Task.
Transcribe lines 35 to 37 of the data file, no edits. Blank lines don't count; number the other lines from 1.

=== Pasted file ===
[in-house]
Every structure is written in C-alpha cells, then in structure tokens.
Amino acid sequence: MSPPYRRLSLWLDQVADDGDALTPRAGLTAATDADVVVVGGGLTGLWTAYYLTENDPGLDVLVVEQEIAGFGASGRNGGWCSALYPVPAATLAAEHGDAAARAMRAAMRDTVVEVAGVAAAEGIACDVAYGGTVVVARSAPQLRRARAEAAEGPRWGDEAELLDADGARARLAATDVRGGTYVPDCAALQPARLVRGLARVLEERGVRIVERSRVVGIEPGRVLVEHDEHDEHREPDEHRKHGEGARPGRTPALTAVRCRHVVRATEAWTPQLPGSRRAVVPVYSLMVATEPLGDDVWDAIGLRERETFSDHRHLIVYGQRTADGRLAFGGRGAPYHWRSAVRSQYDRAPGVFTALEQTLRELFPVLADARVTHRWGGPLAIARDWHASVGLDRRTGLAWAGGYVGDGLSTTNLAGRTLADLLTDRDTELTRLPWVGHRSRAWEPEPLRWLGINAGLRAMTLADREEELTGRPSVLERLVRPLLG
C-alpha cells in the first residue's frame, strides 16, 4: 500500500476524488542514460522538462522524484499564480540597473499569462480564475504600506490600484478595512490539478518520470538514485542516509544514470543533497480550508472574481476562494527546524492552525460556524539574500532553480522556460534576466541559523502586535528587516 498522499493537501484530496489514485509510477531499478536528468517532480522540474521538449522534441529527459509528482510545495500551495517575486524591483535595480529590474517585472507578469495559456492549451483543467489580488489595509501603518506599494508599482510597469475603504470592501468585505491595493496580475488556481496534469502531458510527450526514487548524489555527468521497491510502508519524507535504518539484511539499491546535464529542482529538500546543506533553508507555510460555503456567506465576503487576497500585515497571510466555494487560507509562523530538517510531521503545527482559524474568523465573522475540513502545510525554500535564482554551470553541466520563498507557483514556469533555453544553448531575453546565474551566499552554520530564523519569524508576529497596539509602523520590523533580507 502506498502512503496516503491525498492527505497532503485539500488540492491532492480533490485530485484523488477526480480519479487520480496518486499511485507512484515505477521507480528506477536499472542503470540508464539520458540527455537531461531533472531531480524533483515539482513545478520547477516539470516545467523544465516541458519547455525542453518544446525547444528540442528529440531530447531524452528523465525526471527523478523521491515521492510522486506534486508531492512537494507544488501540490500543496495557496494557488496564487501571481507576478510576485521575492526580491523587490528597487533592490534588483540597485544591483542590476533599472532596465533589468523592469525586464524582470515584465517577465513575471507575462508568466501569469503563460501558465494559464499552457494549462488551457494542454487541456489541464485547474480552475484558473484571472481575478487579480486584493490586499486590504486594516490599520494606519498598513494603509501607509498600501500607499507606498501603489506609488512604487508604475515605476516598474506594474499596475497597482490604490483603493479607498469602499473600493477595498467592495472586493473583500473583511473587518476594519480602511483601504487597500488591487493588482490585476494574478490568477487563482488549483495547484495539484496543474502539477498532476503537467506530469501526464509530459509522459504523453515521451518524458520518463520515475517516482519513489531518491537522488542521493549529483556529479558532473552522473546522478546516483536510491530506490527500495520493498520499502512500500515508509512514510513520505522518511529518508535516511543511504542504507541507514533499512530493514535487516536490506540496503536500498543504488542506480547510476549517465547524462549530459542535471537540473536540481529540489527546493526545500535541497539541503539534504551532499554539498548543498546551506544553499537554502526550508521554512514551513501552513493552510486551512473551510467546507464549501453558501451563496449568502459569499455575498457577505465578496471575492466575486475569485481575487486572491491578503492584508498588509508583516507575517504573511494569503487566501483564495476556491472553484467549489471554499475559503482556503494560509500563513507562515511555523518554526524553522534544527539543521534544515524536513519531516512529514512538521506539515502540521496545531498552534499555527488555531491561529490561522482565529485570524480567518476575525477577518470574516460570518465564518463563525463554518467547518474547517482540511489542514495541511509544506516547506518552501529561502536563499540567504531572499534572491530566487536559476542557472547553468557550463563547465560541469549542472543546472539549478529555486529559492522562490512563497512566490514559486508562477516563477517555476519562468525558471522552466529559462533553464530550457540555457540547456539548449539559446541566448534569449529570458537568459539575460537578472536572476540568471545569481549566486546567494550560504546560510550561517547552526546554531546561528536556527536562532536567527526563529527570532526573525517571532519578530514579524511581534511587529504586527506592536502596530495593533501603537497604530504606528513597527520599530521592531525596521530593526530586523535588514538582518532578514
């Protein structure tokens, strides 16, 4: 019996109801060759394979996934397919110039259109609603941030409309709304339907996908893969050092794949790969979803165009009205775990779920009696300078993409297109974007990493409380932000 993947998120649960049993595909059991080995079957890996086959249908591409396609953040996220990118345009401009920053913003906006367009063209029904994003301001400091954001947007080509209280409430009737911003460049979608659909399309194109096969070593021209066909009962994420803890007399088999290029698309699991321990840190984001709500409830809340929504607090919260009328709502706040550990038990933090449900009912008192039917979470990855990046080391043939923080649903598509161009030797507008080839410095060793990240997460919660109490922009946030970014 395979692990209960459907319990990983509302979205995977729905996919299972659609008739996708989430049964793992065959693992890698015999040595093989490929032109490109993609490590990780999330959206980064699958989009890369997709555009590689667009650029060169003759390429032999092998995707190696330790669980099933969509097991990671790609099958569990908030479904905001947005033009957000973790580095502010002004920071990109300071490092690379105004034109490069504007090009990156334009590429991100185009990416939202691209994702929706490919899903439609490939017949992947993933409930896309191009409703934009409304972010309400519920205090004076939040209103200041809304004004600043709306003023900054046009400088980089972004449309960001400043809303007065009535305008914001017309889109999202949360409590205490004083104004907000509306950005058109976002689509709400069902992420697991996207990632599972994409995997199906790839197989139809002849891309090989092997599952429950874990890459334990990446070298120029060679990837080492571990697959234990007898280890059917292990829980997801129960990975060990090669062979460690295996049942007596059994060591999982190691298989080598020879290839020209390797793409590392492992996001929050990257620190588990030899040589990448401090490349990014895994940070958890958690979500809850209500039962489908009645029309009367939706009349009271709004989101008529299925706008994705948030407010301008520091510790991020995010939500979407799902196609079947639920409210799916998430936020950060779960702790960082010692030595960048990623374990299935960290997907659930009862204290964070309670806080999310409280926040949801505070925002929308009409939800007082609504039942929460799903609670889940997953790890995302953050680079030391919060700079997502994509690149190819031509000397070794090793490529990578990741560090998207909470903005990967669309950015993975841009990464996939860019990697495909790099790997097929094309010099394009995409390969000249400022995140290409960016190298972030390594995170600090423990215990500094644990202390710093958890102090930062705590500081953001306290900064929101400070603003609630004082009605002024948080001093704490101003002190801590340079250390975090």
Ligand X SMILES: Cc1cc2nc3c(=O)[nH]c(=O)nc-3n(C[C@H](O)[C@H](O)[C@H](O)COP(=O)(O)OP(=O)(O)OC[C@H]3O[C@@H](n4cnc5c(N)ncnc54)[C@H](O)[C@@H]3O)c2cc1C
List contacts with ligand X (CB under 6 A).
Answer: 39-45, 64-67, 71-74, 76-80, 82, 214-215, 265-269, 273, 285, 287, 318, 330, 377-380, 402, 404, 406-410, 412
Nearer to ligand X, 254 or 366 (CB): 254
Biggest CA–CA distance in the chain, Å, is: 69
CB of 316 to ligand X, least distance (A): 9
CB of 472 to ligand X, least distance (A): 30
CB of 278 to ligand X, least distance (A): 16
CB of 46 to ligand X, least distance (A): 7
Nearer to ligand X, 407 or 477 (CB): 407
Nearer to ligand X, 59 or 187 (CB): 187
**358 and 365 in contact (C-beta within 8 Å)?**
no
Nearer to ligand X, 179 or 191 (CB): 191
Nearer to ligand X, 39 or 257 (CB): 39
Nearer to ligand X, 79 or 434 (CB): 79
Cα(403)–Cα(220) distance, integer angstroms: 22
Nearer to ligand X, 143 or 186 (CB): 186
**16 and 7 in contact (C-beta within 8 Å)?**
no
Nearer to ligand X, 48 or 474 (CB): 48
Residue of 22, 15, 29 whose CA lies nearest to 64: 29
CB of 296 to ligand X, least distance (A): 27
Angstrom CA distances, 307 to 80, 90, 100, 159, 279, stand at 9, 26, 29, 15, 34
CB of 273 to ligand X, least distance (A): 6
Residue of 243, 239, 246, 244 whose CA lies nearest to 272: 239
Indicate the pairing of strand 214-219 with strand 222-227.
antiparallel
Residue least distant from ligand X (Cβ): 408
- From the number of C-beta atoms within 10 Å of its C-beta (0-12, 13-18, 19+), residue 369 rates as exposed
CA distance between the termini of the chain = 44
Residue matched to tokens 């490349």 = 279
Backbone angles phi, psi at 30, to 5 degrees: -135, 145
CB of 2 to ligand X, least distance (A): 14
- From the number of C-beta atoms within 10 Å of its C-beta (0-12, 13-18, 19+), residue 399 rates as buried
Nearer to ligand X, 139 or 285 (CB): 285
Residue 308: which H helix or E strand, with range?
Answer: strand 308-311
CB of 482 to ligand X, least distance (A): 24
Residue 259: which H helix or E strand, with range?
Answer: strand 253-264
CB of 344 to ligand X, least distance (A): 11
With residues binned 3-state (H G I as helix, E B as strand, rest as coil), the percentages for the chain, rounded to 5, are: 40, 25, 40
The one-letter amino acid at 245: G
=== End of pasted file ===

- From the number of C-beta atoms within 10 Å of its C-beta (0-12, 13-18, 19+), residue 369 rates as exposed
CA distance between the termini of the chain = 44
Residue matched to tokens 């490349």 = 279